MICROSOFT'S ONGOING plot to take over Android and iOS from within (known around these parts as the John Hurt Project) has taken a step closer with the latest preview build of Windows 10.
Version 16251, released to Insiders on Wednesday, includes a facility to link directly to an Android phone, via a dedicated "Microsoft Apps" app for Android.
And what wonders does this bring? Well first off, you'll be able to share links between phone and computer. Eventually, that will stretch on to contents, by way of a full-on universal clipboard.
Yeah. And that's it.
Which is all a bit meh really, though it represents the groundwork for much more.
Now, if you've got any hint of "power user" in you, you'll already be familiar with apps that do this and a whole load more - Join is our particular favourite - so for now at least, there's nothing here to really get excited about.
Then, of course, all instances of Chrome in any version on any machine will sync together - sometimes to a fault of overwhelming you with extensions when you first boot - so that's got that covered already. Do better Microsoft.
But it does lay foundations, and it does show intentions. It's hugely unlikely that Windows Mobile is ever going to claw its way back to the levels to compete with iOS and Android, so it is important that as it approaches its second birthday, Windows-as-a-Service is approachable from other mobile operating systems.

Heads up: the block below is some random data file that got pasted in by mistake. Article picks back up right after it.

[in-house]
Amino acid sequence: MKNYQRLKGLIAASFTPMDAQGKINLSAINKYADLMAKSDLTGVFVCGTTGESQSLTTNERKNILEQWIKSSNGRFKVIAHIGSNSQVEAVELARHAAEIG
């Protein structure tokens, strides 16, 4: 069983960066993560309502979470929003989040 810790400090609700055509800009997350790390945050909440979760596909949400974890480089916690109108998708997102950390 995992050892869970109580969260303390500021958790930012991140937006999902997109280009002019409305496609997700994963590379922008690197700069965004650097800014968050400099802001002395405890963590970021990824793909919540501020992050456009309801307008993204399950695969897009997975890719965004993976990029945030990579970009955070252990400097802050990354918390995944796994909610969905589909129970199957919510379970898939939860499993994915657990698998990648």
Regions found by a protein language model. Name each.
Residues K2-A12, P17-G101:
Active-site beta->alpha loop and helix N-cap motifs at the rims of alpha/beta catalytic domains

Additionally, Microsoft's commitment to mobile apps, including personal assistant Cortana, gives the company leverage in the choices that users make when choosing a desktop, so expect to see more of it.
Whether this is the genesis of something bigger coming in the Fall Creators' Update, remains to be seen, but the lack of iOS support alone shows how far from a state or readiness all this is right now. µ
Expect to see it in the next Galaxy gadget
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